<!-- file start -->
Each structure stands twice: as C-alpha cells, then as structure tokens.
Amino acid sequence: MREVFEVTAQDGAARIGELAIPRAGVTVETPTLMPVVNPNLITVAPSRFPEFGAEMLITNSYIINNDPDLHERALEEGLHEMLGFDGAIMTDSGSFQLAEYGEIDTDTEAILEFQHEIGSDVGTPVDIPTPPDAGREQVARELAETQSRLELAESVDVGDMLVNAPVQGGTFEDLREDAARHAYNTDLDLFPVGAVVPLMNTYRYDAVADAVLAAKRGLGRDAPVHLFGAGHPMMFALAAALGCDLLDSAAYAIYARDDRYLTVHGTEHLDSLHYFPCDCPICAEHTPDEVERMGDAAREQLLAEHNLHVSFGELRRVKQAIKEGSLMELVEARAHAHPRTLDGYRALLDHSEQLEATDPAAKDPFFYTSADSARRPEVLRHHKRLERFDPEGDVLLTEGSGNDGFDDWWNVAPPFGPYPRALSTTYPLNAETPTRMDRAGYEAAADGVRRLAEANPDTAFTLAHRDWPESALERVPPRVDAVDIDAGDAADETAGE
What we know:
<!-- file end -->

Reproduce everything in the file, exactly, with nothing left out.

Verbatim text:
Each structure stands twice: as C-alpha cells, then as structure tokens.
Amino acid sequence: MREVFEVTAQDGAARIGELAIPRAGVTVETPTLMPVVNPNLITVAPSRFPEFGAEMLITNSYIINNDPDLHERALEEGLHEMLGFDGAIMTDSGSFQLAEYGEIDTDTEAILEFQHEIGSDVGTPVDIPTPPDAGREQVARELAETQSRLELAESVDVGDMLVNAPVQGGTFEDLREDAARHAYNTDLDLFPVGAVVPLMNTYRYDAVADAVLAAKRGLGRDAPVHLFGAGHPMMFALAAALGCDLLDSAAYAIYARDDRYLTVHGTEHLDSLHYFPCDCPICAEHTPDEVERMGDAAREQLLAEHNLHVSFGELRRVKQAIKEGSLMELVEARAHAHPRTLDGYRALLDHSEQLEATDPAAKDPFFYTSADSARRPEVLRHHKRLERFDPEGDVLLTEGSGNDGFDDWWNVAPPFGPYPRALSTTYPLNAETPTRMDRAGYEAAADGVRRLAEANPDTAFTLAHRDWPESALERVPPRVDAVDIDAGDAADETAGE
What we know: